Should a buyer be concerned about unpermitted improvements?
QUESTION: My buyer likes a home that has a significant amount of unpermitted improvements in the basement. He wants to make an offer, but first he needs to know if, on resale, the unpermitted space can be included in the total heated square footage. Can you help me answer this question?
ANSWER: According to guidance from the Real Estate Commission, unpermitted improvements in a property can be included in the total heated square footage for advertising purposes as long as: (1) the space meets the requirements for heated living area; and (2) the listing clearly discloses and identifies the unpermitted space to prospective buyers. We addressed in more detail what a listing agent should do when presented with a listing that includes unpermitted square footage in a previous Q&A that is available here.
In addition to answering the question you’ve asked, however, you should also advise your buyer about a couple of other potential risks inherent in buying this kind of property. If the current owner does not get the necessary permits before closing, a governmental authority could later make your buyer incur the cost of compliance. The cost to bring a property into regulatory compliance, especially when removal of sheetrock is involved, can be substantial. It is also possible that a taxing authority could reassess and impose increased ad valorem taxes on your buyer for years previous to his ownership, if it concludes that the unpermitted improvements increased the property’s value.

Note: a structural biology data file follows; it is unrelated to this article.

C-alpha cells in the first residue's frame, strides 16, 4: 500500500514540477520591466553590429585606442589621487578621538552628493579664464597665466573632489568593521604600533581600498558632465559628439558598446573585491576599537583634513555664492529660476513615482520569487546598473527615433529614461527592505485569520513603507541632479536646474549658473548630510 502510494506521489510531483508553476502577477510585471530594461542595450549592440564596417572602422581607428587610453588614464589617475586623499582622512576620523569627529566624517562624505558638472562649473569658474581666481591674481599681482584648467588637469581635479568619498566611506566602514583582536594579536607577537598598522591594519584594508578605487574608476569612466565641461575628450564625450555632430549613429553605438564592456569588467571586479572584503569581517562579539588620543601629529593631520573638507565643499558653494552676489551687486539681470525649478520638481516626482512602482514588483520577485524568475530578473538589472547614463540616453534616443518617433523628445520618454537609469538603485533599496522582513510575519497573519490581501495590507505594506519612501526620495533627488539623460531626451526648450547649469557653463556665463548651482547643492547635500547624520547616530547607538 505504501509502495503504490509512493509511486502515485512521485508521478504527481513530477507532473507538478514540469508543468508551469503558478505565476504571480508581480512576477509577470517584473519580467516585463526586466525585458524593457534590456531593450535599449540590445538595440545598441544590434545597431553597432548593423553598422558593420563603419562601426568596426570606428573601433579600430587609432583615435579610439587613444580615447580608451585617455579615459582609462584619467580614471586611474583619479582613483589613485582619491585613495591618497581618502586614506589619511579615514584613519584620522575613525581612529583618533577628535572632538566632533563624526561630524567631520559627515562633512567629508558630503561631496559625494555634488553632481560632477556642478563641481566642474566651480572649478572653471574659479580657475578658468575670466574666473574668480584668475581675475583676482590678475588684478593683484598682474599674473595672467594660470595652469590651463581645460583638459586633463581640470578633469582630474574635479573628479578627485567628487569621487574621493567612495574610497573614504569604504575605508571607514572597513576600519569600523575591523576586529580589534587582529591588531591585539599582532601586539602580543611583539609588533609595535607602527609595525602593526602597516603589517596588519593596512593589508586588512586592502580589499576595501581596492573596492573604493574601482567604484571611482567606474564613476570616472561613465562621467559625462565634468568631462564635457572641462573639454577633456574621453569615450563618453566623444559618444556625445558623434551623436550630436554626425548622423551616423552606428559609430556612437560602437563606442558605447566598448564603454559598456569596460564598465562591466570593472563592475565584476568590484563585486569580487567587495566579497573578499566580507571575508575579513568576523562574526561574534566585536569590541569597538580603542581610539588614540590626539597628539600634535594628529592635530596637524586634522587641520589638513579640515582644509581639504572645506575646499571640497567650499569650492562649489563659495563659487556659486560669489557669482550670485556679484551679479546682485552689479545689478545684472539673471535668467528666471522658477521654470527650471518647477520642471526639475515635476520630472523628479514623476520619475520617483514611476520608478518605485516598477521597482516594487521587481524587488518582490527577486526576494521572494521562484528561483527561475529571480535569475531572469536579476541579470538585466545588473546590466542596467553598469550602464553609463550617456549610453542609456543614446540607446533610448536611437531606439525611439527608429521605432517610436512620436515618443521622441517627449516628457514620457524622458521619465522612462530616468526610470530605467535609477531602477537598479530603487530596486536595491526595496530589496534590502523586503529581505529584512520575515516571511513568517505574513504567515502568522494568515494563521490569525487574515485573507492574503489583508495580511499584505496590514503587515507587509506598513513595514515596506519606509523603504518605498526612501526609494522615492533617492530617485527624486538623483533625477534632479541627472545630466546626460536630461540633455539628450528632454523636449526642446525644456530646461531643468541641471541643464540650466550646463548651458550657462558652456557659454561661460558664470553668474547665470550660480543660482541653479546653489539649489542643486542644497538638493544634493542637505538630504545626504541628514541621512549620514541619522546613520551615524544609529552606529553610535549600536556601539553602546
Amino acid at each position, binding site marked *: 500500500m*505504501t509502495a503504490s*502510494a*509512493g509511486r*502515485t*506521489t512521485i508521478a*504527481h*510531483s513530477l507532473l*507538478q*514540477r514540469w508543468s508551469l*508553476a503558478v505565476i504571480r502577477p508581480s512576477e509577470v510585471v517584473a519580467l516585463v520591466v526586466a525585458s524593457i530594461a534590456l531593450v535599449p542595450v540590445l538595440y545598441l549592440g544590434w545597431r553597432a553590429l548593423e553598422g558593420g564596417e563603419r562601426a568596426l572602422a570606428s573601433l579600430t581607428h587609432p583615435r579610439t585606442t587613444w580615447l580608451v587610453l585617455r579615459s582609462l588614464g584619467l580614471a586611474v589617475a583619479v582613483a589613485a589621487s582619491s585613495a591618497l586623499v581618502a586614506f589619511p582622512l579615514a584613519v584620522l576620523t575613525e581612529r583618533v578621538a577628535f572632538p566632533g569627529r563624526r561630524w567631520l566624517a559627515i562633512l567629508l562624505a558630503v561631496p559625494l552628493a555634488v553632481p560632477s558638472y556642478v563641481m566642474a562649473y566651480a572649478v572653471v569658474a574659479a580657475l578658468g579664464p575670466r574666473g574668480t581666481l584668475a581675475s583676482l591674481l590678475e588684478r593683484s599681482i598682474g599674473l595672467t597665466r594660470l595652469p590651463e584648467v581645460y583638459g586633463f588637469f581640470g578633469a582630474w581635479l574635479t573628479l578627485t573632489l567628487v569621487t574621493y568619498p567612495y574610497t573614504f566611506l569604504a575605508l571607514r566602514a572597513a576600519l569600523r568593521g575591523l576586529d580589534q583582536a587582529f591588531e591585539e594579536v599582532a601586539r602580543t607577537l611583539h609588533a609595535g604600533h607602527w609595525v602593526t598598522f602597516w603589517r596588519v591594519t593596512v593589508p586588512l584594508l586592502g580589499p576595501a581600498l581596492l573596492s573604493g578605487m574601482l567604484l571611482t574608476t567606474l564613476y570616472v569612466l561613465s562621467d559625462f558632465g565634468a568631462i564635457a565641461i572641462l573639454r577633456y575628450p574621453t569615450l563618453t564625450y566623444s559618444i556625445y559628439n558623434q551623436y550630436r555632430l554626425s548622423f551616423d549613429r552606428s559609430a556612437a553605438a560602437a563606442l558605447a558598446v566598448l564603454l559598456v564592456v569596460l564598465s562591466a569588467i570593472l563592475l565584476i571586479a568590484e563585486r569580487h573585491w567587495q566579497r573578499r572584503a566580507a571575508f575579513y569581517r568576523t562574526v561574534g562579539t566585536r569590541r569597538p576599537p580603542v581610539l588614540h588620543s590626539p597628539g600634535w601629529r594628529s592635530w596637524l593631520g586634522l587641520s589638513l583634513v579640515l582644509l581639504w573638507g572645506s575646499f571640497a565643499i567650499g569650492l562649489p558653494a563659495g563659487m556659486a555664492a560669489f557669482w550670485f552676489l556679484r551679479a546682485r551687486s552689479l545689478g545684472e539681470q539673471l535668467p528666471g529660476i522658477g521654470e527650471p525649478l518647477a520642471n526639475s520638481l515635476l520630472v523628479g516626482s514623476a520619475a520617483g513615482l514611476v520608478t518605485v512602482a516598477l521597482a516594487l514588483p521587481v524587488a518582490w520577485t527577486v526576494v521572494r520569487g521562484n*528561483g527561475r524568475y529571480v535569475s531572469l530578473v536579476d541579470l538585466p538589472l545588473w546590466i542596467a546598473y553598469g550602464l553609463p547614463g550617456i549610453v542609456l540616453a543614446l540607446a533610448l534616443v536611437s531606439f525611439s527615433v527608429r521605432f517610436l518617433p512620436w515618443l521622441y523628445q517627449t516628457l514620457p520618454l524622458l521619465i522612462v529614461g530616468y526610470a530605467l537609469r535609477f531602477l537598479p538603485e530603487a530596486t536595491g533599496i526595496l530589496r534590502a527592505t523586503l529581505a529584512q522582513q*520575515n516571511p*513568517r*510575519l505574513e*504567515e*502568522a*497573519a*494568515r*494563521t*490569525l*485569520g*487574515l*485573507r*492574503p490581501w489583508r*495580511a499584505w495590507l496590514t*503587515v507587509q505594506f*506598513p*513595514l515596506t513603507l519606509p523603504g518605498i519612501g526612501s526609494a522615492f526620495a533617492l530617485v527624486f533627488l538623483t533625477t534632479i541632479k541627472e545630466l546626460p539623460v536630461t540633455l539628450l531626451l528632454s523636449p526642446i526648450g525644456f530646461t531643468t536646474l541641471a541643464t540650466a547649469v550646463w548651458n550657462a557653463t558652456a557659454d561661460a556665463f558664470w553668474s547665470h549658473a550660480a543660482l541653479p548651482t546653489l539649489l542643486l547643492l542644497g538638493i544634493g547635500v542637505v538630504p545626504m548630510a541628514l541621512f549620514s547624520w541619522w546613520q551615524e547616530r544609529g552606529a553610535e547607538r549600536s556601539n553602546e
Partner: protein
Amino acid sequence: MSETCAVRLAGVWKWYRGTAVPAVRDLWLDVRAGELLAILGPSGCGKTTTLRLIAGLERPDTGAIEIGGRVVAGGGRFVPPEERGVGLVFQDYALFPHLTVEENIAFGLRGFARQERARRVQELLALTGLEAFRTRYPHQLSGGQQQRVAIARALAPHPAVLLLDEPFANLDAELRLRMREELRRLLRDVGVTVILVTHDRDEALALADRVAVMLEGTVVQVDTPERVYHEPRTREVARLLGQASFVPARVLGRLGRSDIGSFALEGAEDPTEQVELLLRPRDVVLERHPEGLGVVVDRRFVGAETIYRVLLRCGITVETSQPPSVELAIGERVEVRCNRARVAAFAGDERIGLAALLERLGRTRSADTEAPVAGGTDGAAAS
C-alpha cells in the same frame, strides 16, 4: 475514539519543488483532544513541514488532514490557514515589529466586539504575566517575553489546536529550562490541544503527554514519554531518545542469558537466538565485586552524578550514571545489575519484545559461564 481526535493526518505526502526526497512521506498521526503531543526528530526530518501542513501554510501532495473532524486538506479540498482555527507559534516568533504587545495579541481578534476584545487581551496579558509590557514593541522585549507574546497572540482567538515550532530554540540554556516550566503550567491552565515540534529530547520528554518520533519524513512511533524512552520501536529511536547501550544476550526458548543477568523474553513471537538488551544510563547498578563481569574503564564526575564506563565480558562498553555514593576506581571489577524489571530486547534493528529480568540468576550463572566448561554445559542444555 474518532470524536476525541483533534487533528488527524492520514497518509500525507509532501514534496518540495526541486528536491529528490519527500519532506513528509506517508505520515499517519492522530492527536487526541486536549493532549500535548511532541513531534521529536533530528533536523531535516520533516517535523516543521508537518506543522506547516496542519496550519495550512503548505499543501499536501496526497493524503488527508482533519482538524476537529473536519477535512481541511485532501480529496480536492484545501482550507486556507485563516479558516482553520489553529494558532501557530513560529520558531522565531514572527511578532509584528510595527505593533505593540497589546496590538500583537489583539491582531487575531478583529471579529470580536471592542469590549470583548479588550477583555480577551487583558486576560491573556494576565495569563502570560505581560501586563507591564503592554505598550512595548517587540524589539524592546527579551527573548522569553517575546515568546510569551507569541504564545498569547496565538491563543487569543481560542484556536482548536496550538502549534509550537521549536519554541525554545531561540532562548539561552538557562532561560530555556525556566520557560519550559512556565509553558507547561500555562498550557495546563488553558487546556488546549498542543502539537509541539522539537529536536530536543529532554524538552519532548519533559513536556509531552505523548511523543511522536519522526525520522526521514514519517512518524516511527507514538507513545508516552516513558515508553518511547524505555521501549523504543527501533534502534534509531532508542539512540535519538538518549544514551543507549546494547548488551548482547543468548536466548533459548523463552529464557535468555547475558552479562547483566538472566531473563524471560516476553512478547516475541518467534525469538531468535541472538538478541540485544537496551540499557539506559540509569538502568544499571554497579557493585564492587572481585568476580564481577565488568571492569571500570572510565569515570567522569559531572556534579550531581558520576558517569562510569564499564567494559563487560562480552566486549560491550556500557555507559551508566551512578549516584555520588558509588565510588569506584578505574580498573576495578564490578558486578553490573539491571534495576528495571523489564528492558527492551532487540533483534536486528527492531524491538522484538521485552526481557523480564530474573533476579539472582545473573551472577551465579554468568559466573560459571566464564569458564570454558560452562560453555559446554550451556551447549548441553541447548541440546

We encourage brokers to advise their buyer clients about the foregoing risks in writing to avoid any potential complaints after closing.
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